One of the big problems I come across is that employers don’t know how to use personality tests in recruitment properly.
From time to time you read some bad press about personality tests and how someone who was perfect for the job wasn’t offered it because they failed the personality tests. I remember an article in an Australian newspaper about a DJ who lost his position because he failed a personality test.
It’s understandable that people feel the need to blame something when they don’t get the appointment they feel they could do, or that they simply really needed. But a personality tool is like any other tool. It is neither inherently good or bad.
The problem is that few people know how to use recruitment personality tests properly. However it’s not just a problem with personality tests; there is a fundamental problem with recruitment.
What is required is a closer look at the psychology of recruitment.
Objectives of Recruitment
This is where is goes wrong for most people; they do not understand their objectives.
Let’s use an example.
- Is your objective to find someone like the person who just left?
- Is your objective to find the best sales person?
- Is your objective to reduce your staff turnover?
- Is your objective to increase sales?
- Is your objective to reduce complaints and returns?
All of the above a legitimate objectives and yet most employers are never clear about what objective they are trying to meet.
Needless to say, that no matter what tests, or process you use in your recruitment, if your objectives aren’t clear then it’s unlikely you will enjoy a successful recruitment experience.
A Point of Principle
It’s worth noting that at PeopleMaps we believe in a win:win scenario. We genuinely want to see candidates and employers winning. The problem arises when employers place adverts that attract the attention of hundreds of applicants. When there is only one position and a hundred applicants, then 99 people are going to be disappointed.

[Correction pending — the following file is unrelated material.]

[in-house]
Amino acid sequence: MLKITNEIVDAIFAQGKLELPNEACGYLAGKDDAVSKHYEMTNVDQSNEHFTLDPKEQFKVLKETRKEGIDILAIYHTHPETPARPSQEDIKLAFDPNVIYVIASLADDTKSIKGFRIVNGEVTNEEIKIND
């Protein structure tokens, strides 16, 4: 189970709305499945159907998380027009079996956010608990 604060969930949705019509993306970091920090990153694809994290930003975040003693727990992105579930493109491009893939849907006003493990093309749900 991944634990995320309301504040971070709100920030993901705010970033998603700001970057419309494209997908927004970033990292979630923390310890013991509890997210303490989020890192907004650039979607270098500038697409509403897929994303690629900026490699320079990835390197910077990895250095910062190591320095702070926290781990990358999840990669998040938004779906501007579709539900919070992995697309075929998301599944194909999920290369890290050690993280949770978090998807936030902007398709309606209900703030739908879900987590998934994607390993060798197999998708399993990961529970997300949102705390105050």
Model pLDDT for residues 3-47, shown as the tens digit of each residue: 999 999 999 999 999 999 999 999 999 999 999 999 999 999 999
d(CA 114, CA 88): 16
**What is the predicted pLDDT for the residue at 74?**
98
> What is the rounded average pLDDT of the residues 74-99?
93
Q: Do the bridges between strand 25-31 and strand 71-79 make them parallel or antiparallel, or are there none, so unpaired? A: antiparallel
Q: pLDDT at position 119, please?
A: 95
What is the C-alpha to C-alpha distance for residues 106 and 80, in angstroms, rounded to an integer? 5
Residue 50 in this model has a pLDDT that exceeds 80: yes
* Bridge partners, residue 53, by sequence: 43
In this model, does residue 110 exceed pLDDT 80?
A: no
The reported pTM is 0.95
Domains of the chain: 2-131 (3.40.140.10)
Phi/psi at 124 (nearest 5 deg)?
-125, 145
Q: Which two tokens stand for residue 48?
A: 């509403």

This is why we would prefer to see employers using headhunting techniques. It’s why in our career development course we do not encourage people to respond to job adverts but instead place themselves in a position to be headhunted.
The traditional approach to recruitment is not one we would recommend. Just because it’s what people have always done, doesn’t mean it’s the best way. There are better ways in an Internet age.
Know What You Are Looking For
Ultimately you are trying to put the right person in the right job. In order to use personality tests effectively in recruitment you need to know what you are looking for.
But are you clear about what you are offering? In what work environment are you going to place your new employee?
You see before you can even attempt to put the right person in the right job you need to understand the job you are offering. More importantly you need to understand the work environment you are offering. You need to be able to describe it in psychological terms much like you do with a candidate.